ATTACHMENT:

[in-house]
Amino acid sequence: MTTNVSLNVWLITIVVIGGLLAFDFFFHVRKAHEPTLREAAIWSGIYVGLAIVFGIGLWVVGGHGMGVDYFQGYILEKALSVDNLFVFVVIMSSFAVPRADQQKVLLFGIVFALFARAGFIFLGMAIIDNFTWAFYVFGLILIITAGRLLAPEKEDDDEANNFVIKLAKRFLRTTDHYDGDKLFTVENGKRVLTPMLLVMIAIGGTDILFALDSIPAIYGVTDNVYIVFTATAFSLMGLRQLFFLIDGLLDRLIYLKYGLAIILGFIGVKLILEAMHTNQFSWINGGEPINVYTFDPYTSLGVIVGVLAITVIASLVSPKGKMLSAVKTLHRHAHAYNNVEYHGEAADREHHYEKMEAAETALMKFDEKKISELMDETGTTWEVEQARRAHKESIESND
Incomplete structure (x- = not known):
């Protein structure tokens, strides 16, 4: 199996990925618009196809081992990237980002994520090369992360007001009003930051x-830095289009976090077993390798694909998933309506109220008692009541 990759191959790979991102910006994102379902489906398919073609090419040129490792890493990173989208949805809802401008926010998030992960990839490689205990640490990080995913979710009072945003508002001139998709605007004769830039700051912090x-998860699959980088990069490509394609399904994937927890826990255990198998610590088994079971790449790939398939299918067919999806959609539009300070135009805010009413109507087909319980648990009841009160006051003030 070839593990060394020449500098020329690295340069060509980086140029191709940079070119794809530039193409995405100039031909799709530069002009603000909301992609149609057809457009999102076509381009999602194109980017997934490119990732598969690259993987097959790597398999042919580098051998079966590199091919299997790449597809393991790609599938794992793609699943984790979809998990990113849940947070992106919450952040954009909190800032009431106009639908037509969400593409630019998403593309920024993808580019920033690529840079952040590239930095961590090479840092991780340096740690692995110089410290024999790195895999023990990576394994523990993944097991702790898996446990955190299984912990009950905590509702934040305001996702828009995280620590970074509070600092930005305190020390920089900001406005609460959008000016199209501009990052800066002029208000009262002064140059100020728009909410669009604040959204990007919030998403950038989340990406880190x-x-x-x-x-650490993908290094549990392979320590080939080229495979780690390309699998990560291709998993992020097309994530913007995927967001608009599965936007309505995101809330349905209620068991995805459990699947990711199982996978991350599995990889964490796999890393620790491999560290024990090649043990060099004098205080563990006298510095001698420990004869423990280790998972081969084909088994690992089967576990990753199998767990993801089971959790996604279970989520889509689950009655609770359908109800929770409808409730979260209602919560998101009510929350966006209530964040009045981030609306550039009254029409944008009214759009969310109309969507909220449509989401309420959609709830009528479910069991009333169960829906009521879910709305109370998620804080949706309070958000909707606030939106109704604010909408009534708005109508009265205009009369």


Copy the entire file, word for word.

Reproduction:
[in-house]
Amino acid sequence: MTTNVSLNVWLITIVVIGGLLAFDFFFHVRKAHEPTLREAAIWSGIYVGLAIVFGIGLWVVGGHGMGVDYFQGYILEKALSVDNLFVFVVIMSSFAVPRADQQKVLLFGIVFALFARAGFIFLGMAIIDNFTWAFYVFGLILIITAGRLLAPEKEDDDEANNFVIKLAKRFLRTTDHYDGDKLFTVENGKRVLTPMLLVMIAIGGTDILFALDSIPAIYGVTDNVYIVFTATAFSLMGLRQLFFLIDGLLDRLIYLKYGLAIILGFIGVKLILEAMHTNQFSWINGGEPINVYTFDPYTSLGVIVGVLAITVIASLVSPKGKMLSAVKTLHRHAHAYNNVEYHGEAADREHHYEKMEAAETALMKFDEKKISELMDETGTTWEVEQARRAHKESIESND
Incomplete structure (x- = not known):
């Protein structure tokens, strides 16, 4: 199996990925618009196809081992990237980002994520090369992360007001009003930051x-830095289009976090077993390798694909998933309506109220008692009541 990759191959790979991102910006994102379902489906398919073609090419040129490792890493990173989208949805809802401008926010998030992960990839490689205990640490990080995913979710009072945003508002001139998709605007004769830039700051912090x-998860699959980088990069490509394609399904994937927890826990255990198998610590088994079971790449790939398939299918067919999806959609539009300070135009805010009413109507087909319980648990009841009160006051003030 070839593990060394020449500098020329690295340069060509980086140029191709940079070119794809530039193409995405100039031909799709530069002009603000909301992609149609057809457009999102076509381009999602194109980017997934490119990732598969690259993987097959790597398999042919580098051998079966590199091919299997790449597809393991790609599938794992793609699943984790979809998990990113849940947070992106919450952040954009909190800032009431106009639908037509969400593409630019998403593309920024993808580019920033690529840079952040590239930095961590090479840092991780340096740690692995110089410290024999790195895999023990990576394994523990993944097991702790898996446990955190299984912990009950905590509702934040305001996702828009995280620590970074509070600092930005305190020390920089900001406005609460959008000016199209501009990052800066002029208000009262002064140059100020728009909410669009604040959204990007919030998403950038989340990406880190x-x-x-x-x-650490993908290094549990392979320590080939080229495979780690390309699998990560291709998993992020097309994530913007995927967001608009599965936007309505995101809330349905209620068991995805459990699947990711199982996978991350599995990889964490796999890393620790491999560290024990090649043990060099004098205080563990006298510095001698420990004869423990280790998972081969084909088994690992089967576990990753199998767990993801089971959790996604279970989520889509689950009655609770359908109800929770409808409730979260209602919560998101009510929350966006209530964040009045981030609306550039009254029409944008009214759009969310109309969507909220449509989401309420959609709830009528479910069991009333169960829906009521879910709305109370998620804080949706309070958000909707606030939106109704604010909408009534708005109508009265205009009369």